Nope, I don't think we have anything to worry about from anyone attempting to build a brilliantly clever super computer for a while yet. It's simply too hard.
I did find a far more worrying line of research in the technology section of a local museum, however. It was from a project in the Seventies where programmers worked on developing a computer as intelligent as a five-year-old child. There wasn't much to see other than a robotic arm which played Draughts clumsily but the very idea was almost as frightening as turning a corner to encounter a group of suspiciously grey-skinned people groaning about brains.
The coders were either hugely ambitious or had never met a five-year-old child. Five-year-olds are pretty smart. They may not be able to play Draughts well but they can be cunning, observant and empathetic, not to mention sly, scheming and manipulative. They can outwit adults with ease.
The lack of realism in the project's goal was scary. The truly terrifying part, though, was the thought of what would have happened if, after thirty years, they'd finally succeeded. With that level of cluelessness, the researchers might well have hooked the thing up to the Disney website for a little play while they went out for a couple of drinks to celebrate. Unfortunately, by the time they stumbled back to the lab wearing sparkly, cone-shaped hats and drunkenly blowing tooters, we'd all have been doomed.
Imagine a five-year-old connected directly into the world's networks. Rather than being hunted down by metallic warriors with glowing red eyes, the human race would starve to death as global production was switched from food to bubble mixture, balloons and all the plastic tat you find in the bottom of party bags. Adults would be forced to work all day as slaves, pushing small children on swings and roundabouts. There would be nothing on TV which didn't involve talking animals.
Humanity clearly had a lucky escape when the project ran out of funding decades ago. Nonetheless, just to make sure, I snuck back to the museum after dark and dropped the whole exhibit into a bubbling vat of liquid steel.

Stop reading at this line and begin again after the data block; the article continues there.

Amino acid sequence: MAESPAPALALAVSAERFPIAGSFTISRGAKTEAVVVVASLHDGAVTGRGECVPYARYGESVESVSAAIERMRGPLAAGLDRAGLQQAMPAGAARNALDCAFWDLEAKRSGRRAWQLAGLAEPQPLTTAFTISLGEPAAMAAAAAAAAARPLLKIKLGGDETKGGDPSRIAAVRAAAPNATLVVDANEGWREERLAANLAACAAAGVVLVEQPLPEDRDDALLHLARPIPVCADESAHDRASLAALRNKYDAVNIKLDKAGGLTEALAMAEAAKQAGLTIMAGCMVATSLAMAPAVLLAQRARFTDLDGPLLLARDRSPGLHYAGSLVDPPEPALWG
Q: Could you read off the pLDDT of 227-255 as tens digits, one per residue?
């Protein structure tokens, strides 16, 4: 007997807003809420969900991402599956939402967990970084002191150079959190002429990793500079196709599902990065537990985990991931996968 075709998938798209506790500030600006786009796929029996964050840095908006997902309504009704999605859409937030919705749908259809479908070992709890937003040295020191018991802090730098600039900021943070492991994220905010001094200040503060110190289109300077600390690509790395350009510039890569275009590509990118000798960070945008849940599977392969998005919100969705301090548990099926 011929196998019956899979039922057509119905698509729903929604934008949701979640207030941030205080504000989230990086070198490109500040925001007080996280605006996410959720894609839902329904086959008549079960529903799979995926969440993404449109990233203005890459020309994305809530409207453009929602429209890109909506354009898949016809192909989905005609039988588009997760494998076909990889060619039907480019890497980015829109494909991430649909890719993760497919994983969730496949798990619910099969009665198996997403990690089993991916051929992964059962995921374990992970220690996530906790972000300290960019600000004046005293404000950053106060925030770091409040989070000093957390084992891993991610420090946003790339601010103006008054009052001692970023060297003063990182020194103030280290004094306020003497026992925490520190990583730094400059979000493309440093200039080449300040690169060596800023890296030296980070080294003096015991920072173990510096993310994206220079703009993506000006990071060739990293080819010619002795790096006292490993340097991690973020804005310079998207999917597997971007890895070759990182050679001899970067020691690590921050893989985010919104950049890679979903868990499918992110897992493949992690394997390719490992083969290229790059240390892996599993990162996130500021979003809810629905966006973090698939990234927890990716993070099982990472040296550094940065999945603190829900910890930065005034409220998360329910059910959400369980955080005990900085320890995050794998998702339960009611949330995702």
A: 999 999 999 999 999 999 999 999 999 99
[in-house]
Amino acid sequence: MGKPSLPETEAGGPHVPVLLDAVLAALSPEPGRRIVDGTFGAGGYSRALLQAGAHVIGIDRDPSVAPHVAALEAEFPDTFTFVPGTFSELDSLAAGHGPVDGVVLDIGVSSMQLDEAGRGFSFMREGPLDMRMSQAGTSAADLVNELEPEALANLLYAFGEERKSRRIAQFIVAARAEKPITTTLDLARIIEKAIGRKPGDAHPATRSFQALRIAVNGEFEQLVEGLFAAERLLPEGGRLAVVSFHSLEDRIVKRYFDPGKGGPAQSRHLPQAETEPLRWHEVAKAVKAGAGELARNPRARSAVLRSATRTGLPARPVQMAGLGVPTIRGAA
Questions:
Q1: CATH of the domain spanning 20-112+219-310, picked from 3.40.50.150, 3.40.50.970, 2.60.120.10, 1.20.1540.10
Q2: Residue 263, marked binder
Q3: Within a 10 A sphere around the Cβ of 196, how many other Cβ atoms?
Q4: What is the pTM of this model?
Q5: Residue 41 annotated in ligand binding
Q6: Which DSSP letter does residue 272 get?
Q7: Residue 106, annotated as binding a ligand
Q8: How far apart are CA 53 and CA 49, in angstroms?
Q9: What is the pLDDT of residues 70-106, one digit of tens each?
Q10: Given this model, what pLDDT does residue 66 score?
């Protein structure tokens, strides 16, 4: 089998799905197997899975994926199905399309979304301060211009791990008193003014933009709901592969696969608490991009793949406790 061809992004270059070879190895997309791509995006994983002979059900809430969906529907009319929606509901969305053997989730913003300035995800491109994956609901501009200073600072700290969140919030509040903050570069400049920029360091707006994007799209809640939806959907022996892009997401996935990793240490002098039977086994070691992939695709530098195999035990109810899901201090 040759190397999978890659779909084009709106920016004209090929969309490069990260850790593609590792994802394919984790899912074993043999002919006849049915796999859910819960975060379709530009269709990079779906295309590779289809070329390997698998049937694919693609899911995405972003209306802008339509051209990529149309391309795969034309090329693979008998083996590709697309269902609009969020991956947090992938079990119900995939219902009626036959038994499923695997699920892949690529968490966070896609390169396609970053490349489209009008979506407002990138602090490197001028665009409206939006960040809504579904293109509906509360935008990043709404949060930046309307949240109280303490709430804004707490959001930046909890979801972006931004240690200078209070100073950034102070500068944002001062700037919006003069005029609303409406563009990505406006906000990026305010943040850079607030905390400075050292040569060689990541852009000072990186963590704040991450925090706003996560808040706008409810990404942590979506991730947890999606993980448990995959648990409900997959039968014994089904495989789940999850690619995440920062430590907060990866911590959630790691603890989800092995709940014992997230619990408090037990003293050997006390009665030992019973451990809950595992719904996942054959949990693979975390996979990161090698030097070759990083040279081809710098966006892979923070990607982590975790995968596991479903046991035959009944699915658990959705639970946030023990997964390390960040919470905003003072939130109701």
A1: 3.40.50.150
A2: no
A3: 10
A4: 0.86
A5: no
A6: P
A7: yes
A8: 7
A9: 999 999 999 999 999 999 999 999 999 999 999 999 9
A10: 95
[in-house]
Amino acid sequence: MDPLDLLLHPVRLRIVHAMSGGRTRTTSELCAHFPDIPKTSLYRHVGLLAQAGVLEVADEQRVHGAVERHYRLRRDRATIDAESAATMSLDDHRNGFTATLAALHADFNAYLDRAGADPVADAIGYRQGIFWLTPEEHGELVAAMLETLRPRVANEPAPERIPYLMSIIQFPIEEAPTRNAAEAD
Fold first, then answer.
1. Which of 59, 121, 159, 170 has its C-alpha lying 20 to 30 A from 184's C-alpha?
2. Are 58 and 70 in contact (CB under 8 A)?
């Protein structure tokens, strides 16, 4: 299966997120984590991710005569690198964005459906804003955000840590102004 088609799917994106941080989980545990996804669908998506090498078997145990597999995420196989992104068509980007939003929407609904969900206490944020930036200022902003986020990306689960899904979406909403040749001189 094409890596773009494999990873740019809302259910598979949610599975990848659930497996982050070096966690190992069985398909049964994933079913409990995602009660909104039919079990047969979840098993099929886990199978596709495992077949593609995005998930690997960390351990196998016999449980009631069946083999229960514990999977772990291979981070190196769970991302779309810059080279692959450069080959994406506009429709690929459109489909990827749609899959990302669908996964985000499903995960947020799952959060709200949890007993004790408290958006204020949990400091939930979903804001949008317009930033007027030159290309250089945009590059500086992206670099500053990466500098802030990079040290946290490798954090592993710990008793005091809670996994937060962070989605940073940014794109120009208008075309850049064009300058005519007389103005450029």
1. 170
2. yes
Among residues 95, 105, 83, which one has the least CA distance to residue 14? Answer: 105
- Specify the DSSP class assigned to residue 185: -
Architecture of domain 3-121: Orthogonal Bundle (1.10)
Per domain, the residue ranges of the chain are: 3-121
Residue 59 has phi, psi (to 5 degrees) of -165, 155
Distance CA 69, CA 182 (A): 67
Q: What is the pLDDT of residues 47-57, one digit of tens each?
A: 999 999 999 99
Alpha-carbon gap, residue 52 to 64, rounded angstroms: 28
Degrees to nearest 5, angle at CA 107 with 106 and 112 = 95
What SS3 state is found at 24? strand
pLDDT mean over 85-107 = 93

You can't be too careful, after all.
Yours in a woman's world,
PS Never mind five-year-olds, even a four-year-old can be ruthlessly logical and devastatingly astute:
Marie was being awkward on Saturday. She wanted to go to the shops with Sarah but wasn't willing to put any effort into getting dressed. She made a big fuss about the effort involved with pulling on each piece of clothing, and had to stop for a rest every few seconds. Then, when I went to rub on her eczema cream, she started dancing. Everything was a struggle.
"Could you be good for Mummy today?" I said, not wanting Sarah to have to put up with this kind of behaviour for hours at the shopping centre. "Do what she says and don't argue with her the whole time."
I immediately realised the chances of Marie going along with this were small, so I decided to give her something easy to agree to, so we could work up from there. "Be nice, and reply properly when she asks you a question. Don't just stamp your foot or say, 'Bah!'"
Marie hung her head and pouted.
"Come on," I said. "How hard can it be to not say, 'Bah!'?"
She screwed up her face and seemed on the point of tears.
"What's the matter?"
"But," sobbed Marie, "she might ask me what noise a sheep makes!"
Somehow, I went from telling her what to do, to having to give her a mint to cheer her up. She was all smiles by the time she left the house - not because she'd acquiesced to be good but more because she knew she'd won yet another victory.
At least the robots would be quick...